A small diameter A.P. solid shot attached to a larger calibre casing which was discarded upon exiting the muzzle. The device could be fired with a full-sized propellant charge, resulting in increased velocity of the small calibre A.P. round. Because of its reduced diameter, this type of A.P. solid shot exhibited less drag than a full-sized round.
The German variant of A.P.D.S. was fin-stabilized, it was designated Panzergranate 44. The shell was developed in response to increased Soviet armour thickness, and tungsten shortages which reduced supplies of German A.P.C.R. shells.
Used by most countries until about 1935, A.P.H.E. was last used by the Soviet army in 1941/1942. This type of shell had significantly lower armour penetration capabilities than A.P. solid shot. It was thought that the shell would penetrate an enemy tank and detonate inside, with catastrophic results. In reality A.P.H.E. shells shattered on impact. Low quality Soviet A.P.H.E. ammunition gave German armour a significant edge in the 1941 campaign. Some A.P.H.E. shells are tracer detonated, but most are detonated by inertia and they are used as anti-aircraft shells. Their use against tanks may have been out of accident rather than design. Navies use A.P.H.E. shells against enemy ships, and their application to tank combat may have been a throwback to this naval method.
A solid tungsten core with steel shims. Originally a German design, squeeze bore shells were also developed for the British 2 pdr. gun using the Littlejohn Adaptor. Upon firing, the tapered bore of the Panzerbüchse 41 squeezed the shell down from its original diameter of 28 mm to only 20 mm, resulting in a velocity of 4,600 feet per second -- the highest velocity in WW2 by a margin of 1500 feet per second. The Panzerbüchse 41 had a maximum penetration of 94 mm at 100 metres. The weapon was small and lightweight, making it ideal for Fallschirmjäger operations.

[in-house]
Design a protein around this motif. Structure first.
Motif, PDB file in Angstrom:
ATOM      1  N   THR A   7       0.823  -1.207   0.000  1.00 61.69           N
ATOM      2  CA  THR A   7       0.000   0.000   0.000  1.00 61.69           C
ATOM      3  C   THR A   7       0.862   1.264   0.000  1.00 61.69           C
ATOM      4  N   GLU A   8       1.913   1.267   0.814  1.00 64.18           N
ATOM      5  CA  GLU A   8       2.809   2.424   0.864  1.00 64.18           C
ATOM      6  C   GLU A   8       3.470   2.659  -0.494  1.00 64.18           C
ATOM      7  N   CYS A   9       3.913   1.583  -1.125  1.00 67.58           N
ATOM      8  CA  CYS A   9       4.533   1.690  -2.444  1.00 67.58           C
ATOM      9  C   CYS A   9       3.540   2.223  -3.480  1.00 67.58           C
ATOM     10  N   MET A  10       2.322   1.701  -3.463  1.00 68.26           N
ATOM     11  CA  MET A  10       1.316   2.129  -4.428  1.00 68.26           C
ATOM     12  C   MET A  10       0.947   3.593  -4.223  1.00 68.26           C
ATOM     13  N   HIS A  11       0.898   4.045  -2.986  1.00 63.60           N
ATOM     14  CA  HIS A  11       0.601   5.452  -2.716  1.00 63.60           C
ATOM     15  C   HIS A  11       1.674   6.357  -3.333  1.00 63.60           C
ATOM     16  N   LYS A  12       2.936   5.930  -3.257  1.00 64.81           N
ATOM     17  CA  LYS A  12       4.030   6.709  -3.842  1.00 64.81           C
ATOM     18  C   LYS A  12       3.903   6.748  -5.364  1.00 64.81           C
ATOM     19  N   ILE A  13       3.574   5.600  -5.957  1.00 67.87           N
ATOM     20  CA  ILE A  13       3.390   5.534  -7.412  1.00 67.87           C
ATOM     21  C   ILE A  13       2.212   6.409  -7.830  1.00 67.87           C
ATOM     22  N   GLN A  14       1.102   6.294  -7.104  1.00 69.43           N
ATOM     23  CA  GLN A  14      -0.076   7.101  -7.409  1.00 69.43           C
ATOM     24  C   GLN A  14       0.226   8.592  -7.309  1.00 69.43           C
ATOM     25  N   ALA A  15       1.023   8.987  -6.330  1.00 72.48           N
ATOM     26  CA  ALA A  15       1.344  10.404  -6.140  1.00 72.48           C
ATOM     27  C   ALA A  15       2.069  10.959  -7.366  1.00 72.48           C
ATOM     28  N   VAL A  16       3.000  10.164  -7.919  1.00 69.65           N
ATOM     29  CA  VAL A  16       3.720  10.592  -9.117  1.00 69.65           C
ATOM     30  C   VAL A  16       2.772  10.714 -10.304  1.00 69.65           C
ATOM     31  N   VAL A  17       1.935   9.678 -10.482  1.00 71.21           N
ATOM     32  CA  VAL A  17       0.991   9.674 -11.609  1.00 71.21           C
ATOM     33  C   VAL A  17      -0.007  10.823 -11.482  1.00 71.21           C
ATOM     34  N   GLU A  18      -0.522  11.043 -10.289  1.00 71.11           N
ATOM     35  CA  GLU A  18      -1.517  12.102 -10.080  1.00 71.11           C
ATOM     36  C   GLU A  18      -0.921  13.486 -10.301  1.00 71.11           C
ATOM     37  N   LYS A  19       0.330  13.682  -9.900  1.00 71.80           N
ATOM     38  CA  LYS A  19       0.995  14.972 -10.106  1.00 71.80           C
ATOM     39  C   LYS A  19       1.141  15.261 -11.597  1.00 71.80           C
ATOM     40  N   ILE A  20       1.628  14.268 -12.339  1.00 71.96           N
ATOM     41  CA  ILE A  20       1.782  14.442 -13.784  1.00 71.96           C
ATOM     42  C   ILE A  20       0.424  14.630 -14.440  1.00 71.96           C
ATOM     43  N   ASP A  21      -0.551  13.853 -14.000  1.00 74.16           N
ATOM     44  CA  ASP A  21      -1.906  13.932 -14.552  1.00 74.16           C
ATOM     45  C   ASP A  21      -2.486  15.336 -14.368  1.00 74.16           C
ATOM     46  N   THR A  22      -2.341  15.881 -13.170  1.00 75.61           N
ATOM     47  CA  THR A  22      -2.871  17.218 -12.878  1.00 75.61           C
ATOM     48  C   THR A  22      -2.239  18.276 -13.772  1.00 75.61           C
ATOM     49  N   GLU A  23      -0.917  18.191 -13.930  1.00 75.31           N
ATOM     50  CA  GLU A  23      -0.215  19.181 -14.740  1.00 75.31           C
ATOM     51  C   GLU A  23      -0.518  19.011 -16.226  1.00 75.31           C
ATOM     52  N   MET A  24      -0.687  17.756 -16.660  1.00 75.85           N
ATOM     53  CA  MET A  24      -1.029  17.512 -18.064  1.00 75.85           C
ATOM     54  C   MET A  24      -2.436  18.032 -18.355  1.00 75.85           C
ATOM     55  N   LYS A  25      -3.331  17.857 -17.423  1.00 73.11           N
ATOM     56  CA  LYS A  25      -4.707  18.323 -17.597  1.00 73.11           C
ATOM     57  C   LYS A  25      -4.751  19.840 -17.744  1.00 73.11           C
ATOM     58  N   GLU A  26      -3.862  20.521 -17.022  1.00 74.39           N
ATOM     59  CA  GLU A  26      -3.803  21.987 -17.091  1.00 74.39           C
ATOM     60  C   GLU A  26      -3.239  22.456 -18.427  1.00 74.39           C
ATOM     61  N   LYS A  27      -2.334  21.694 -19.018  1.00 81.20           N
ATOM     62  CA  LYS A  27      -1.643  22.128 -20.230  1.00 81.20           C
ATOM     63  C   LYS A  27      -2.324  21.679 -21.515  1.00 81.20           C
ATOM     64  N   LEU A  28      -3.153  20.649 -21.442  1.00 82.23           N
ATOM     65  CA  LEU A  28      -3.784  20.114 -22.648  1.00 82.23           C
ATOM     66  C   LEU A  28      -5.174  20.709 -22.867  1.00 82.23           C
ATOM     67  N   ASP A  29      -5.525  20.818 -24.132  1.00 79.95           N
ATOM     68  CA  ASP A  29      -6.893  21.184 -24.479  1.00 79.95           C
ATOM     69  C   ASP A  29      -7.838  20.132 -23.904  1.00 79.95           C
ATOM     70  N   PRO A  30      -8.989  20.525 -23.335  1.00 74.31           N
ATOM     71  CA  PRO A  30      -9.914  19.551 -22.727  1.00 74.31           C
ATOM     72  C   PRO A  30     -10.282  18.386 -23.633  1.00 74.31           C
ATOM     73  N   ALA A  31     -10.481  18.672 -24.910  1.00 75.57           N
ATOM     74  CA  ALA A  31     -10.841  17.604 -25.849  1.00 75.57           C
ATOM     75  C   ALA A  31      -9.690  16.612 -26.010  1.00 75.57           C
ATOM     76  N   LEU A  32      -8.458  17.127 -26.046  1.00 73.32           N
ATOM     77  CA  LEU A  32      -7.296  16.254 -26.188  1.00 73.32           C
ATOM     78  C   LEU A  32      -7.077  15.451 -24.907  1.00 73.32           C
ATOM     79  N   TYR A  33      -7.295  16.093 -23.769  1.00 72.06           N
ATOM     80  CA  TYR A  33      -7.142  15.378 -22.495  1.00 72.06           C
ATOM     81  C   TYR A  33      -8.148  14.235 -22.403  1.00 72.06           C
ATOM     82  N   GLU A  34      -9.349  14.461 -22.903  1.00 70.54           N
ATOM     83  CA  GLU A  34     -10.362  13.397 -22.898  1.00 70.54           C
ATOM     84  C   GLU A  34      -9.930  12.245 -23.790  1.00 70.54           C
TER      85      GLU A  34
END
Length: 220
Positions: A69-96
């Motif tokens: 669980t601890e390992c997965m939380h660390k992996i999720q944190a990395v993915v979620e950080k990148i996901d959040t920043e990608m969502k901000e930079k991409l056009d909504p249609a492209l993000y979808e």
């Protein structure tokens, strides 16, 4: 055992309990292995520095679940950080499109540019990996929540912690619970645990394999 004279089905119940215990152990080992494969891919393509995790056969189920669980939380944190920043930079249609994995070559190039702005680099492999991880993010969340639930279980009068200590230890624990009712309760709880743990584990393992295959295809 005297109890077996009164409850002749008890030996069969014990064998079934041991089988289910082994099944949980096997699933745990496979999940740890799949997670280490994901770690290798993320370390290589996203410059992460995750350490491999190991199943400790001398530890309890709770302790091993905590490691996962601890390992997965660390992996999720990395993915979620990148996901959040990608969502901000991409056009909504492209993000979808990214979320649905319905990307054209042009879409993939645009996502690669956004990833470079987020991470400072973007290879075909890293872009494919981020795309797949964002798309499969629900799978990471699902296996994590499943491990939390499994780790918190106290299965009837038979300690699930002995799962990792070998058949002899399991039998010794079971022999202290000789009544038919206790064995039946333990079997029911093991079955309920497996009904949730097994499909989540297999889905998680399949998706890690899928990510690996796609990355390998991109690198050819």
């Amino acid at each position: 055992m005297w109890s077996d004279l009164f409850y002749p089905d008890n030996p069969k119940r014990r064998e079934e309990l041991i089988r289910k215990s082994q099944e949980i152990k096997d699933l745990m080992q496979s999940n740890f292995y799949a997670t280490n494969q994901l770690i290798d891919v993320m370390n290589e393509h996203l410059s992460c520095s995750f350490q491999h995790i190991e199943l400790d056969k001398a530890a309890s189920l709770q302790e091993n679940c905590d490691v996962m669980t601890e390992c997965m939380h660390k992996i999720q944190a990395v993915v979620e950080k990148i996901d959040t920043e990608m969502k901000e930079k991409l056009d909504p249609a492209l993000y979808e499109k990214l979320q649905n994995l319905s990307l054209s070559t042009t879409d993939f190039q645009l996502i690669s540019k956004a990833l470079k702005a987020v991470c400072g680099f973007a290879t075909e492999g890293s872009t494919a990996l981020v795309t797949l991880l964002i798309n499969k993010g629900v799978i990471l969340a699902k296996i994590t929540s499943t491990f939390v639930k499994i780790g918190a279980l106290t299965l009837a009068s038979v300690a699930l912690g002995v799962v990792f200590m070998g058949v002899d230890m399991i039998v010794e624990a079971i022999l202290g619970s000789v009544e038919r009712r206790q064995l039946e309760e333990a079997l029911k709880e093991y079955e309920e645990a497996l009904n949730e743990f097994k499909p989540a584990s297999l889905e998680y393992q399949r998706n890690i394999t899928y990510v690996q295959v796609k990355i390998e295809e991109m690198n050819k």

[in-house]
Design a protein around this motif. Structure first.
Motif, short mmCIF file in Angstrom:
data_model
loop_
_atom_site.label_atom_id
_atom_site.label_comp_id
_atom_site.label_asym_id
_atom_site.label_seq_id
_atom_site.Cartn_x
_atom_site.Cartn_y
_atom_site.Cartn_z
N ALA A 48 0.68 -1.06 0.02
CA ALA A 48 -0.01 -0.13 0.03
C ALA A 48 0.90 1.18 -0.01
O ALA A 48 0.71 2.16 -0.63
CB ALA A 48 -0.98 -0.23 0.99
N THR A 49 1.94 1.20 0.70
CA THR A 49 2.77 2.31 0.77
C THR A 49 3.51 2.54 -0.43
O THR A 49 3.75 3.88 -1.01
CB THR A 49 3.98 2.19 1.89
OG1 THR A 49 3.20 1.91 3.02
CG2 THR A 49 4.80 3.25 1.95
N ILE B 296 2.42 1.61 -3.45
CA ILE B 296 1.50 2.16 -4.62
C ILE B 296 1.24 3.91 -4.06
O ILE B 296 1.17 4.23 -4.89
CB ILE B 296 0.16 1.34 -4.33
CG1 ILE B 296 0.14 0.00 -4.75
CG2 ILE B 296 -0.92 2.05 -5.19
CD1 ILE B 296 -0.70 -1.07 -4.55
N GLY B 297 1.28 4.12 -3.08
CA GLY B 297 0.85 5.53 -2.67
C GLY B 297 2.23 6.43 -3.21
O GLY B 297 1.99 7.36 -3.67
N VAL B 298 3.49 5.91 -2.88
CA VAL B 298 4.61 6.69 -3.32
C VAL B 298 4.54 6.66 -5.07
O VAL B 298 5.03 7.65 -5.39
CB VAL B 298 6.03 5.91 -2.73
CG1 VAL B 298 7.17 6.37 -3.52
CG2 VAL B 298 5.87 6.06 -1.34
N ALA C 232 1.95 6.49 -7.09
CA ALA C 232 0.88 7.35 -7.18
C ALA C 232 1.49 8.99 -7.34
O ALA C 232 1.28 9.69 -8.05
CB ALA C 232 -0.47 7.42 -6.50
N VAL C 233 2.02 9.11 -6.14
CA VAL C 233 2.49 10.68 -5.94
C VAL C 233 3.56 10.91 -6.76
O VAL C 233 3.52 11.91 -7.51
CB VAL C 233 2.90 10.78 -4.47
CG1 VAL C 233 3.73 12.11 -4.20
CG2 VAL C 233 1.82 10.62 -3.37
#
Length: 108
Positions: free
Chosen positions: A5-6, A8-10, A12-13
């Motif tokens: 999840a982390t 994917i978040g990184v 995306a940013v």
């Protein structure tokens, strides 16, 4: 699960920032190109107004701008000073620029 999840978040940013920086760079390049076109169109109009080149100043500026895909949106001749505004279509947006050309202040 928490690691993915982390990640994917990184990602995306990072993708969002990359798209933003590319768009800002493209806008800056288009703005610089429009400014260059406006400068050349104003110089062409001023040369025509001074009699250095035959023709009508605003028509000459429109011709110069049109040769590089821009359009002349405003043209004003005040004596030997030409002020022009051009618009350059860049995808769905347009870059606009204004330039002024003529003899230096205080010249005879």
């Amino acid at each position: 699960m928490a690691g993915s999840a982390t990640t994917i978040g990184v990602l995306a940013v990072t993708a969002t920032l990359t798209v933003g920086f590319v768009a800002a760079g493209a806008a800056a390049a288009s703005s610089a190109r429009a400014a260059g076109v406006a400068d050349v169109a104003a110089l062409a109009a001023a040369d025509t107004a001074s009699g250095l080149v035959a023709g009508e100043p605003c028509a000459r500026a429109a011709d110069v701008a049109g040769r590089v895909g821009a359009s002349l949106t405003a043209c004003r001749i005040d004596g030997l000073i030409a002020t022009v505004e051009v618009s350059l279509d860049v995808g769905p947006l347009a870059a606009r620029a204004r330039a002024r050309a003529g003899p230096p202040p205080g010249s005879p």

A thin-walled artillery shell which ruptures on exiting the gun barrel and projects 1000 ball bearings (9 mm) in a shot-gun pattern. This shell type is available to 75 mm and larger guns.
Anti-personnel artillery shell type.
Same as H.E. above, but used for direct firing.
Sometimes called Concrete Piercing Hollow Charge (C.P.H.C.), these shells were used by StuG. III and StuG. IV assault guns. The figures provided in the table are for the anti-tank effect of these shells only.
Hollow Charge shells used against buildings and fortifications, and fired from anti-tank rocket projectors like the Bazooka and Panzerfaust. Shaped charges of this type use the Munroe Effect to focus the power of the charge on the impact point. At pressures of 2000 tons per square inch, armour becomes a jet of molten metal travelling at ballistic velocity inside the target. Spaced armour neutralizes the effect of these shells. German Pz.Kpfw. III Ausf. M/N, and Pz.Kpfw. IV Ausf. H/J had side skirts fitted to protect them against H.E.A.T. rounds.
A thin-walled H.E. shell which deforms on impact with the target in order to apply maximum wracking effect against the surface. H.E.S.H. does not penetrate. Instead, pieces of armour plating are broken loose on the inside of the vehicle, causing significant internal damage.